Vitality Arts and Creative Aging

What is creative aging?

The term “creative aging” is generally used to describe two very different program models. The more commonly known type of program focuses on people with dementia and/or residents of long-term care facilities, such as the popular Meet Me at MoMA and Timeslips programs. The second program model is based on multi-session, hands-on, skill-based arts workshops and serves the 85% of older adults who remain independent well into their 80s and beyond. In this latter type of program, participants gain both a sense of accomplishment and the chance to forge new relationships, and research has documented its myriad benefits to the health and wellbeing of older adults. 

Vitality Arts

E.A. Michelson Philanthropy coined the term “Vitality Arts” to describe these skill-based arts learning models. Since 2013, E.A. Michelson Philanthropy has invested more than $15 million in the development of Vitality Arts programs in museums, arts and cultural organizations, libraries, senior centers, performing arts organizations and other organizations.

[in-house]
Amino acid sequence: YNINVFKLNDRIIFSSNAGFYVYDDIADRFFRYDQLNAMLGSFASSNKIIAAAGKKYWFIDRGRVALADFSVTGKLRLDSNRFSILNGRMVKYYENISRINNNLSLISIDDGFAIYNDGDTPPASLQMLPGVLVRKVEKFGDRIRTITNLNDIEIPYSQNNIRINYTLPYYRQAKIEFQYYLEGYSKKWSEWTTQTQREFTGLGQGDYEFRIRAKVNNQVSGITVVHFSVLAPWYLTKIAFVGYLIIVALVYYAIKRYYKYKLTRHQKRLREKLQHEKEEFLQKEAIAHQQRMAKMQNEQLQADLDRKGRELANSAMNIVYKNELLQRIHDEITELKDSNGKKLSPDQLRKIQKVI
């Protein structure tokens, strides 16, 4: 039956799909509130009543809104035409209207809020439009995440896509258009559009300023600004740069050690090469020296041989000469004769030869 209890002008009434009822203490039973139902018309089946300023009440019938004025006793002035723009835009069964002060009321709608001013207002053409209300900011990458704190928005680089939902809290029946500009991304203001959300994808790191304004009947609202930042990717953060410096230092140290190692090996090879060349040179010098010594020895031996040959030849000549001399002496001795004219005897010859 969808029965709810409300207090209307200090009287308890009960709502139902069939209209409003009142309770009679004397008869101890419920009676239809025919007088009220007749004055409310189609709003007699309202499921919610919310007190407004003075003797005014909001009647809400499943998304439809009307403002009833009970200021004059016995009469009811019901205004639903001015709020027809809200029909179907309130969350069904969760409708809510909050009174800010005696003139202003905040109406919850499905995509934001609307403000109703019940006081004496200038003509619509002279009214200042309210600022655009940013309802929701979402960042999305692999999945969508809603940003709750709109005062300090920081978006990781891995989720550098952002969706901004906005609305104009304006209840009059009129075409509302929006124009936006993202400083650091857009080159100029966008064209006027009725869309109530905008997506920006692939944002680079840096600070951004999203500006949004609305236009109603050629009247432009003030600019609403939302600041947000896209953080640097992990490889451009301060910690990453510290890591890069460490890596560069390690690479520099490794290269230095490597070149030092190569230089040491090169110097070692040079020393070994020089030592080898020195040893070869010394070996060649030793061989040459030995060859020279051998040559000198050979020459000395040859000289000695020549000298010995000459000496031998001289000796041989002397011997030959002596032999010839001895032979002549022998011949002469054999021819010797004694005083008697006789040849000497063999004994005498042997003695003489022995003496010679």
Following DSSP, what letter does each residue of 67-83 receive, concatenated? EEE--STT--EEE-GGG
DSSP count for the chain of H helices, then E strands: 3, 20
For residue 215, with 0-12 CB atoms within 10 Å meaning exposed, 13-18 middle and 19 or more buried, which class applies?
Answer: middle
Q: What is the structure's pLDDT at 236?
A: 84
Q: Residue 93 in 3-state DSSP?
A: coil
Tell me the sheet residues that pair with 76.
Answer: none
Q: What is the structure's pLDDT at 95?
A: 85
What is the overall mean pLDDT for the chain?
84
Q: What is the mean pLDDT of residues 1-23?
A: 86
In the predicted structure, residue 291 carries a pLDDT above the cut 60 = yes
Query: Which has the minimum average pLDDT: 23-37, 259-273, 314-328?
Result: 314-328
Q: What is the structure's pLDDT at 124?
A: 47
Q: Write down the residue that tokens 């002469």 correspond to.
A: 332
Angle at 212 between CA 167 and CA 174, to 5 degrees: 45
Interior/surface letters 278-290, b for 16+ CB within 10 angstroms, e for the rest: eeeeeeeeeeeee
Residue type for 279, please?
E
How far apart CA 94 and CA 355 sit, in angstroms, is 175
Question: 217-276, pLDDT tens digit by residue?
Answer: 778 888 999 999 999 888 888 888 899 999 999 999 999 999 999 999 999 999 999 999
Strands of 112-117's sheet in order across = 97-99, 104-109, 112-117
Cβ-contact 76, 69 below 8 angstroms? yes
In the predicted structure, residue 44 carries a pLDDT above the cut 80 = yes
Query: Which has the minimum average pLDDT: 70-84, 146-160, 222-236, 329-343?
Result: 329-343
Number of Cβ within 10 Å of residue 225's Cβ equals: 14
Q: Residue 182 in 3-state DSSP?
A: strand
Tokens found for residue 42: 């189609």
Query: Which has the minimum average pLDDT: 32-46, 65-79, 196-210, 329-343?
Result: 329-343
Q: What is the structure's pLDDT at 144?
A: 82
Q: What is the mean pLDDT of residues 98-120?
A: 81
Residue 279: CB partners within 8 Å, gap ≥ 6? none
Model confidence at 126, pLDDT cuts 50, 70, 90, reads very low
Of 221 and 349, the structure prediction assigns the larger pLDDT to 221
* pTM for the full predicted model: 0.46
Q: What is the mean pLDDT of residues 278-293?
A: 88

Elements of Successful Vitality Arts Programs


They are designed to meet the expressed needs and interests of older adults.

Teaching artist-led

They are led by professional teaching artists — working artists skilled in arts education who create space for participants to safely offer feedback, discuss their work and build community.

Experiential and sequential

Students create art, not just learn about it, and each class builds on previously learned skills.


Social interaction and engagement are built into every session, and many class groups continue to meet even after the program ends. Through the pandemic, many participants maintained their sense of community via virtual classes.


They culminate in a celebration of participants’ creations, allowing participants to share their accomplishments and pride with families and friends.

"We have spent our lives working and raising a family, which gave us purpose. Then we lose that sense of purpose. To have someone come along and say, 'You are still viable — let me teach you something new,' it puts a whole new slant on the world!"

— Quote from Vitality Arts evaluation report